It adds: “The Town Hall was closed in order to facilitate its physical disconnection from TAC as part of the demolition and site clearance of TAC.

“The disconnection resulted in significant damage and scarring to the Town Hall’s rear elevations, including the need for stabilisation and remediation works.

“The rear elevations have multiple door and mechanical and engineering penetrations which require significant repair and restoration.”

But Tameside Council is adamant the town Hall will form an important part of future life, saying: “The council has identified Ashton town centre as one of its growth priorities, supporting delivery of the Tameside Inclusive Growth Strategy 2021-26 in making our town centres hubs for living, culture, employment and services supporting a sustainable retail sector.

“The Grade II listed Ashton Town Hall was the traditional home of municipal life in Ashton since its opening in 1840 and extension in 1878.

“Its heritage, importance and significance lie in its classical façade framing the historic setting of the Market Square.”

8 Replies to “True cost of Ashton Town Hall renovation revealed”

  1. Demolish it then for a fraction of the cost. Shameside Council can easily get the listed building status removed like they did with the older and more unique Stalybridge Town Hall after they allowed it to fall into the same sort of disrepair. It’s about time they considered the residents of the whole borough, not just what they believe to be its only town, Ashton, and stop wasting money.

  2. If you had kept up with the work instead of twinning and getting rid if the old market stall to put up poor excuses of stalls selling roundabouts taking all the character out of the area then you would have ample money to do the work needed plus the market has a charter on it since 1200 so why are you planning rubbish on the space it should be kept as it was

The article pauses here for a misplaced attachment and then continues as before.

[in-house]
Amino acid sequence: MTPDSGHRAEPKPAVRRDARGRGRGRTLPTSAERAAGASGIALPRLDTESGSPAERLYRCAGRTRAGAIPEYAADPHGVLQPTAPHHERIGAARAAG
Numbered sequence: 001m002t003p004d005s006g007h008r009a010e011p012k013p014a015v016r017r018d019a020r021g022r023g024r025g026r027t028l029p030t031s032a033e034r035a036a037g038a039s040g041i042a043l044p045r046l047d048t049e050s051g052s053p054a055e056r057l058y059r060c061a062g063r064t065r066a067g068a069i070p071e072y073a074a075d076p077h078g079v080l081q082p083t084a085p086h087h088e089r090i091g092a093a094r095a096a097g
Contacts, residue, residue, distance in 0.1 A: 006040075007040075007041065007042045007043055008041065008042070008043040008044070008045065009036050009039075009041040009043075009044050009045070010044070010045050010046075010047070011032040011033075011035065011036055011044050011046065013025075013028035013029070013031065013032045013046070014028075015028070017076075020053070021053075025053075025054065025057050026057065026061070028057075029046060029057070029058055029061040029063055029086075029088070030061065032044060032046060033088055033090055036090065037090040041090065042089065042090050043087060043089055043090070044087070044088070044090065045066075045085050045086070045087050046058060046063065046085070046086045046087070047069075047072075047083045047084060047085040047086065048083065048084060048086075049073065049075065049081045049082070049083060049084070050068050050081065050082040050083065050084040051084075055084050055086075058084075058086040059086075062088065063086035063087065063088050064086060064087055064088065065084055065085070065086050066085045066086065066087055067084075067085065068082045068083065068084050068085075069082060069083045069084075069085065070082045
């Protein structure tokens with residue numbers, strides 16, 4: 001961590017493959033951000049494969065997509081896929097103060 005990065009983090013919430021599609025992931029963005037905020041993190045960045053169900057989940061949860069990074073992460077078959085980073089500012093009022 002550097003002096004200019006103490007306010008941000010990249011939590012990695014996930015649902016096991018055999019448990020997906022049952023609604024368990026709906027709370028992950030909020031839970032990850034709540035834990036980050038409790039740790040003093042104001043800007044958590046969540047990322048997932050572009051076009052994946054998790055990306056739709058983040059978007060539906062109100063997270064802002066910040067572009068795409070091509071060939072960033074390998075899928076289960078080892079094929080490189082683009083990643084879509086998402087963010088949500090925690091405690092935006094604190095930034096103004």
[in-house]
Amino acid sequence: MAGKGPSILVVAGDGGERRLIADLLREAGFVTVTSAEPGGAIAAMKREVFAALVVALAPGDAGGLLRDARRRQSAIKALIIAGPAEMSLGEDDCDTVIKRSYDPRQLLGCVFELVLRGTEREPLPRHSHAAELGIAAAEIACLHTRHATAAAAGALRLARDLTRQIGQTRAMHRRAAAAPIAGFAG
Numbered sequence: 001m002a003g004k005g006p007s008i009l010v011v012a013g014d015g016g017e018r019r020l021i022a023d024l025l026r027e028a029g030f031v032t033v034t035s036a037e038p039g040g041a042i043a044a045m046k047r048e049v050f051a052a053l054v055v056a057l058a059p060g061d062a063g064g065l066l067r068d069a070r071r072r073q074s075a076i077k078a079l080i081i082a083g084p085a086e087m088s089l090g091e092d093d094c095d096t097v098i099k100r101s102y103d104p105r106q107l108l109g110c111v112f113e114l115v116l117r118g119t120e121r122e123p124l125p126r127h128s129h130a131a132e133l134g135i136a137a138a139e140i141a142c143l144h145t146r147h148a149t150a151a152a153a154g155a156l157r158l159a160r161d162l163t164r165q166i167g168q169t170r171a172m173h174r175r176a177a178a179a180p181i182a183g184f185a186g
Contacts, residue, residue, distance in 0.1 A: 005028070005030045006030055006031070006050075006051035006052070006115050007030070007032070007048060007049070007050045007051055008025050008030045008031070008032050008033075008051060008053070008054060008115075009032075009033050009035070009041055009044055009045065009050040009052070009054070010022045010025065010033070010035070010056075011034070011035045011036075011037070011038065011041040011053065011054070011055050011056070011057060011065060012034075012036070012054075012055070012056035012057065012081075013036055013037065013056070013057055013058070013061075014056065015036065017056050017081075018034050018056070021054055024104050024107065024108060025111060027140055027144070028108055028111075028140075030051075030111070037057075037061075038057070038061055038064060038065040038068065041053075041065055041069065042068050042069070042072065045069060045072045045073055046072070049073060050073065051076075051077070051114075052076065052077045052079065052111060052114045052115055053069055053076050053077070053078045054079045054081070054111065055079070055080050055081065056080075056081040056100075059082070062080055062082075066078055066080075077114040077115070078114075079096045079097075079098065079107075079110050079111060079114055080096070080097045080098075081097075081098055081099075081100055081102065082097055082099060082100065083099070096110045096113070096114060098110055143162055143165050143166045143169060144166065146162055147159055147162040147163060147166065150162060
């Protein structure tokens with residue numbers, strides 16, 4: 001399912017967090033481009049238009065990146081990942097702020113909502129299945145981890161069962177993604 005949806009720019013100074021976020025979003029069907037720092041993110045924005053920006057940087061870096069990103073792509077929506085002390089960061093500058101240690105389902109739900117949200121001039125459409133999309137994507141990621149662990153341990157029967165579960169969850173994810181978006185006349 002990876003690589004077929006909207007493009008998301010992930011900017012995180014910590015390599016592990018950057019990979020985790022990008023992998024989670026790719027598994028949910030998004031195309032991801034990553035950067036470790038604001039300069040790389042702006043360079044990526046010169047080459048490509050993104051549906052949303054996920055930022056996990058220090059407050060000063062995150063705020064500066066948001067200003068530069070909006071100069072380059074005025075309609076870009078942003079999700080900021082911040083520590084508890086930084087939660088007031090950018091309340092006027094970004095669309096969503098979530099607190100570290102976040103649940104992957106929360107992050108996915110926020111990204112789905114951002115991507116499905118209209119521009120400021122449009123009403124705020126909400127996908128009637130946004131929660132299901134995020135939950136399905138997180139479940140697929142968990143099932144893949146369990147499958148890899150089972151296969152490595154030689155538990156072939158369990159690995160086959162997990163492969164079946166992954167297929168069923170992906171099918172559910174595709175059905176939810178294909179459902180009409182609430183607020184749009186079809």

3. The Tory moaners as ever are demonstrating that they know the price of everything & the value of nothing.

  4. I spent my whole childhood in that building helping my mum who worked there. People would turn in their graves knowing how the council have let this happen. They ruined the market so pull your fingers out and get this sorted.

  5. At least make it water tight. Fix the roof fully first and foremost, then sort the rest of the works as and when! Again another beautiful building left to rot thru bad management and planning.

  6. Seems an awful lot of money to spend on Ashton again!! They seem to forget the other Boroughs. Very good at ruining our little Borough putting up more and more houses ( more Council tax to pay for and spend improving Ashton). Ashton is not central to our minds at all

  7. The removal of the recently built council offices attached to the back of the Town Hall damaged the building and when the developer Carillion went broke their money to repair it was lost too, since the 1980’s this had become the home of The Manchester Regiment Museum which is an extensive collection, particularly of medals. This brought many military visitors, but they must remember that The Cheshire Regiment and The Duke of Wellington’s are within the Borough, although the museum’s for these are at Chester and Halifax. This brought people to the Borough and I presume one of the reason’s why the Tram extension was envisaged for future use, though not mntioned in the report, if it was to incorporate the The Mancheter Regiment Resource Centre, Museum perhaps the MoD would contribut, after all 15,000 men from Manchester Area, 4,000 of which came from the borough should be memorialised.
    There should be 9 rooms, 1 for each Towns, some of which have been decimated, ripping out the Town Halls, there Markets and creating fundraising Car Parks which keep people out of the towns and shops, and a 3rd Bus Station is ludicrous, all the funds from that, the Tram Terminus and Roundabout changes would have paid for the repairs, and by the way, the Trams have not brought people to the town the use it to leave.
    Whatever you do has to be inclusive, all the boroughs need to be engaged in its restoration and, although the Council Offices have lots of people who live outside the borough and therefore, are not and probably do not consider local considerations when making arbitrary decisions (Probably why the clearance of of some beautiful buildings has occorred)